American culture has experienced multiple transitions and new paradigms continue to emerge deliberately and naturally because of influences from new emigrants as well as many technological advances. Also, because of America's principled foundation on equality, and justice, our culture is changing to be more accepting of all races, ethnicities, sexual-orientations, and rights of all genders; that's absolutely fantastic as it demonstrates that the founding fathers created a platform allowing for necessary societal and cultural transformations. But, just because we create change in necessary areas to support those in need, to promote social justice and ensure human rights, does it mean we have to re-design America's paradigm relative to the economy and move away from a free market that is the standard of excellence in the world today?
Great Britain and France were the two dominant super powers until their countries’ social agenda also transformed their economic agenda, from free markets to socialist economies where taxes increased significantly, size of governments grew, and instead of businesses running the economy, their governments ran major organizations. The result is what we see today; both France and Great Britain gave way to the United States, China, and Russia. Do we want to emulate the model that failed in France and Great Britain? It is critical that we are always mindful of world history.
Another major trend is America’s appetite for global political dominance. Why should America always be the sole front-runner in solving almost all global political and government problems? It would be inappropriate to take a laissez-faire disposition relative to world affairs but should we always be the ones taking full responsibility for other countries' problems? Why should America be the disciplinarian of perceived poor behavior in other countries? Why should America be the monitor for social consciousness? Again, it is critical to support and help but why be the guardian of all things we believe to be good? Wouldn't it be better to exhibit humility and allow other countries to resolve their own problems, address their own issues, and have their own ideas of what is right or wrong? Why should we invest billions of dollars controlling other countries while we have significant issues to address here in America? At the risk of exuding ignorance and naiveté, it would be wise to strive for a balanced approach to world affairs.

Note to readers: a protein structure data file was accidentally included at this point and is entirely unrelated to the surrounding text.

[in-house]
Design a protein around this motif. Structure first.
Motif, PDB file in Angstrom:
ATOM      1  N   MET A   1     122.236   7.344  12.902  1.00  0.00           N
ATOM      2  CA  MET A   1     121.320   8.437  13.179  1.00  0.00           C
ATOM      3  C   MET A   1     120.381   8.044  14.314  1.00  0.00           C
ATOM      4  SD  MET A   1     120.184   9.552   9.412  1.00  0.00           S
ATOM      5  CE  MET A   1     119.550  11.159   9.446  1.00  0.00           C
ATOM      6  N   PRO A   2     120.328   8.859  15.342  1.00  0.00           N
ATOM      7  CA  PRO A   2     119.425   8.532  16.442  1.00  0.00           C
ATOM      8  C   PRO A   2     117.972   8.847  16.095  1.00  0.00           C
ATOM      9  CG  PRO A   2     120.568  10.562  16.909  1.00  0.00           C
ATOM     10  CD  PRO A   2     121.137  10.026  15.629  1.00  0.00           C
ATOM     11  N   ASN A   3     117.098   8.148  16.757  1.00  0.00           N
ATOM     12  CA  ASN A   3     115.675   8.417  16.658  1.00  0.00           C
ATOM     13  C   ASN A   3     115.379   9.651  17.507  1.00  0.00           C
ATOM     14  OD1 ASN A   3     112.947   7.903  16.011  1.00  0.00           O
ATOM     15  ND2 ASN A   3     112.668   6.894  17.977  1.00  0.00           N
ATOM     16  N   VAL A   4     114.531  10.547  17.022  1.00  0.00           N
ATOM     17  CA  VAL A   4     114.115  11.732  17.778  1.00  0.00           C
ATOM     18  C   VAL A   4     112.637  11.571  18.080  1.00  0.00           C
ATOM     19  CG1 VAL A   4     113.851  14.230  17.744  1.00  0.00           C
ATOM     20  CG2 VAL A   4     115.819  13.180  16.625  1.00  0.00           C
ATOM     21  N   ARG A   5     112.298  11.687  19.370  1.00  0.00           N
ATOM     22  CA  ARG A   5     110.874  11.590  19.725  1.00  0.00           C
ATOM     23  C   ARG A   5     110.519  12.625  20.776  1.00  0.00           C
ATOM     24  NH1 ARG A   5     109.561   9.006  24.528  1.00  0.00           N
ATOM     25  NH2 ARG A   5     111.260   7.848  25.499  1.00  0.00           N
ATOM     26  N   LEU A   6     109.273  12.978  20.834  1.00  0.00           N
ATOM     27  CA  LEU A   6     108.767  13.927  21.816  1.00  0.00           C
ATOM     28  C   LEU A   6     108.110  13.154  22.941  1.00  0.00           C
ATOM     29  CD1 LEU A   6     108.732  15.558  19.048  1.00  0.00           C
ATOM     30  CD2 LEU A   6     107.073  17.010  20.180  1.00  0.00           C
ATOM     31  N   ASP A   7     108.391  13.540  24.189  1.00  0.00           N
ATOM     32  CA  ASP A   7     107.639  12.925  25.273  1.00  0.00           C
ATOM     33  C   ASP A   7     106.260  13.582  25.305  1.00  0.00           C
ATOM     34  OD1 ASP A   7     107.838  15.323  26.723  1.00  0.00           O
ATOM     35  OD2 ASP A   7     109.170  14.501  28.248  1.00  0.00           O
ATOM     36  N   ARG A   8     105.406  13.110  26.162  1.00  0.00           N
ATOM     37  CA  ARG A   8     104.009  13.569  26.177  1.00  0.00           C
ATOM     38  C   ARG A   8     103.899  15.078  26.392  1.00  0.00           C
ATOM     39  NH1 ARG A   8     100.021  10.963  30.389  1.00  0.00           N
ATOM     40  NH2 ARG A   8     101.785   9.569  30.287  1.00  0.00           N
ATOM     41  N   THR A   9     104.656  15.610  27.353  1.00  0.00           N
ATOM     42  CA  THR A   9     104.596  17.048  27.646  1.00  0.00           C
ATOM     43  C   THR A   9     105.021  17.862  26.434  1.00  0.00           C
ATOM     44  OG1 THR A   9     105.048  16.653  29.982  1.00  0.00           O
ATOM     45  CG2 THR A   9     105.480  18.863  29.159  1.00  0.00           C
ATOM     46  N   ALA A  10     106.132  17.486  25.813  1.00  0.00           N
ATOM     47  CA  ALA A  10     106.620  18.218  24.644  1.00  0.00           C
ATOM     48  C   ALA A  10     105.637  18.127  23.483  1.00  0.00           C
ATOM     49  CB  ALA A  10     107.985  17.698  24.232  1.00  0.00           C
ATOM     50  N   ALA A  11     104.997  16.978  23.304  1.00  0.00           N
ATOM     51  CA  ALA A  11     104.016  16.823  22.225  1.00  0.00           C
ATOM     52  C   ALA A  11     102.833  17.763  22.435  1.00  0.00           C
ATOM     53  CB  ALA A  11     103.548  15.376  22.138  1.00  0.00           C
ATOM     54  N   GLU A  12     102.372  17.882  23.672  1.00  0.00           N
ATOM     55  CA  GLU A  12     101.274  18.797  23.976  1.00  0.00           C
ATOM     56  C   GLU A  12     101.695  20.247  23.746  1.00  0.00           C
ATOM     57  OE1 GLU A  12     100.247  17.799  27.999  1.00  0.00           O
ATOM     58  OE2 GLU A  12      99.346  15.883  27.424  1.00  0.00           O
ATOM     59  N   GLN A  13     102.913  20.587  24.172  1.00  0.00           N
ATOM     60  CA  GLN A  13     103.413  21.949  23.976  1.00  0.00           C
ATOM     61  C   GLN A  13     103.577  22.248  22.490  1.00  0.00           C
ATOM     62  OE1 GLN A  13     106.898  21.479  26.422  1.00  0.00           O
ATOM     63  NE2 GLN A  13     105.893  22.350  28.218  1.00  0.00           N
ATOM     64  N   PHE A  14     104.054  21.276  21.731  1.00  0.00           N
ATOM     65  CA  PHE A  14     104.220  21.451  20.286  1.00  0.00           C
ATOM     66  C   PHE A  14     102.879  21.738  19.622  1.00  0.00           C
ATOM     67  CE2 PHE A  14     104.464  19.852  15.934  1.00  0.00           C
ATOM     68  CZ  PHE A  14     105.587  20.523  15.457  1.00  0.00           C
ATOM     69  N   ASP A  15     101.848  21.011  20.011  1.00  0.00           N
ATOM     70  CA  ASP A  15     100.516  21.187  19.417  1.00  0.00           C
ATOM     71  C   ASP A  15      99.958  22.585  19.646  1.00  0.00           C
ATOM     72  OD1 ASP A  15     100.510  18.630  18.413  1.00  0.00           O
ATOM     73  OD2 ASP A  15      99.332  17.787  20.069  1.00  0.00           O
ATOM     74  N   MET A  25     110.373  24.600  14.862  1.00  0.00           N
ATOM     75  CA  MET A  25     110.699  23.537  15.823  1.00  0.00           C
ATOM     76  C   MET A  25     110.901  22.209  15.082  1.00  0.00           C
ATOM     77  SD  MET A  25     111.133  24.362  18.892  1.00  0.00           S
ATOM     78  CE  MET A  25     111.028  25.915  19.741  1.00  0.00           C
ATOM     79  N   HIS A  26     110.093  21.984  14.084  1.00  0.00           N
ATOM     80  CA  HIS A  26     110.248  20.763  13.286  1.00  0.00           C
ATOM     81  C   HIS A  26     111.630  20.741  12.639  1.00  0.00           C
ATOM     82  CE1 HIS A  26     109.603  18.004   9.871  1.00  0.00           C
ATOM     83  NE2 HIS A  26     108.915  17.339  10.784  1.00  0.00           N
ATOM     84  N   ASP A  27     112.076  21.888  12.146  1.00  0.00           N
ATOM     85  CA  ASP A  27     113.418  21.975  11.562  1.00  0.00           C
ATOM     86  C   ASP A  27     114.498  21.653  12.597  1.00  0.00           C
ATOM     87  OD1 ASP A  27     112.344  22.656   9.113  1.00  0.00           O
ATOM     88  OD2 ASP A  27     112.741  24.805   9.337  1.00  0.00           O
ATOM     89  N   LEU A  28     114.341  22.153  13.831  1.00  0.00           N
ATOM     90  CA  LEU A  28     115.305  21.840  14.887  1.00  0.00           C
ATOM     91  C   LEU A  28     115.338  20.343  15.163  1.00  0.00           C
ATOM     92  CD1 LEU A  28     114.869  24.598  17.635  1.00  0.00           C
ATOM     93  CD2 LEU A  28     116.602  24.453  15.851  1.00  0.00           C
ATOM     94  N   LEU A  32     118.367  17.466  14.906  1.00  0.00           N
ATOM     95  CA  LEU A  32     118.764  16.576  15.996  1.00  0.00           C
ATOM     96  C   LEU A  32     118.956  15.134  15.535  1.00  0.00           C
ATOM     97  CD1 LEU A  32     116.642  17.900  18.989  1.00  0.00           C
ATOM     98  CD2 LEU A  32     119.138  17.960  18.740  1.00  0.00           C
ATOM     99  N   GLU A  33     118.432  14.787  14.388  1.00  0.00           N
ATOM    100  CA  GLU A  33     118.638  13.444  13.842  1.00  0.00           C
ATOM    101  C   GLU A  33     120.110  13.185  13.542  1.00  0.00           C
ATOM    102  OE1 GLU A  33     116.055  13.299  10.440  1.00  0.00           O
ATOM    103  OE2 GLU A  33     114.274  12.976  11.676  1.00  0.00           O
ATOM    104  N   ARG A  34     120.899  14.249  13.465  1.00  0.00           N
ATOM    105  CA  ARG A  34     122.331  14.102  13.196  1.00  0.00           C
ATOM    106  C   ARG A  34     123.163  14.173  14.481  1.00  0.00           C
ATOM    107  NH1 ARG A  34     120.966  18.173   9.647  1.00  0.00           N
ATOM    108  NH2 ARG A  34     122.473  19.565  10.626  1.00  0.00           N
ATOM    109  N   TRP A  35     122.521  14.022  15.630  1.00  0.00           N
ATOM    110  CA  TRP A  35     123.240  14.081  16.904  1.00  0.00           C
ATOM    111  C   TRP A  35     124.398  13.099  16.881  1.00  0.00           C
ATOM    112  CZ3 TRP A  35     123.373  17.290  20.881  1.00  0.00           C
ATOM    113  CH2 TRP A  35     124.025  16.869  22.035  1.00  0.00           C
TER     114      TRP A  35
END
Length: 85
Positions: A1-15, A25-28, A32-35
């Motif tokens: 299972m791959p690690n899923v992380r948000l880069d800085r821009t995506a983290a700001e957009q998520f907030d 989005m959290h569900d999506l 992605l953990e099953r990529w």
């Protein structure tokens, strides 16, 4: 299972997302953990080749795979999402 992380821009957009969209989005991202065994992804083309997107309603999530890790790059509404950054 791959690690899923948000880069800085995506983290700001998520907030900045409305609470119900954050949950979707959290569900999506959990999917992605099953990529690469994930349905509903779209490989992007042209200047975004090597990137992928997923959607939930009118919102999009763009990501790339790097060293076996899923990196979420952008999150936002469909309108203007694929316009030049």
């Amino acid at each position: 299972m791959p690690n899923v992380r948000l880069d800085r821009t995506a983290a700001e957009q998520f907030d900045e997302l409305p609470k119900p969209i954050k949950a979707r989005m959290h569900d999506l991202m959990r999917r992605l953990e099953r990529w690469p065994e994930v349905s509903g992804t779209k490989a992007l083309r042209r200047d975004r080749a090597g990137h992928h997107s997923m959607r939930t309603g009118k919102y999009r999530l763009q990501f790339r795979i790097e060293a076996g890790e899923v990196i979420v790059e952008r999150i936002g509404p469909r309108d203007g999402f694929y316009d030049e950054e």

Is America Primed for a Re-alignment of our core values and principles? What has made America the best place on earth is our ability to work through issues and no matter how long it takes and what it takes; we have learned to be tenacious and focused on sustaining an America that is the envy of people all over the world. America should go back to her roots and reinvigorate the work of thought leaders who have made America the best place to live, and be.
America is at an interesting yet important juncture; there are many questions to address, and many philosophies to ponder. Certainly, there is ample nourishment for deep thought, dialogue, and action. At the end, by navigating through struggle and turbulence, America will find its way back to her societal as well as cultural roots and focus on carrying the work of our founding fathers. In the next few decades, it will be common for an American to favor a small government, to promote a free market economy, to ask for lower taxes, to support women and men to marry someone of the same gender, to support women who want to keep their children or have an abortion if they choose and to support people who want to practice a chosen religion or not. Americans will want society to take care of its elderly and those who are physically, financially, as well as mentally disadvantaged and Americans will definitely want to take care of the environment with incredible vigor. Moreover, Americans will not want funding for education to be less than ten percent of that of the annual military budget which is the case now, Americans will oppose prisons receiving more funding than school districts which is also the case today in many states. In the future, will these ideologies make someone a republican or democrat? That’s unclear how political parties will evolve over time but it would be safe to conclude these beliefs make such a person a true American, someone who has been given the gift to evolve socially and culturally while staying loyal and committed to the American narrative.
About the Authors:
Fardad Fateri is the President, Chief Executive Officer and Board Director at International Education Corporation (IEC), higher education system headquartered in Irvine, California. Dr. Fateri serves as a Board Director as well as a Commissioner at American Council for Independent Colleges and Schools (ACICS), the largest high education accreditation agency in the United States. He is also a Trustee of Cogswell College. Dr. Fateri completed his baccalaureate, graduate, Ph.D., and post doctorate education at University of California, California State University, Alliant International University, and Harvard University.
Cameron Tyler Fateri is a college student with interests in history, government, medicine, and psychology.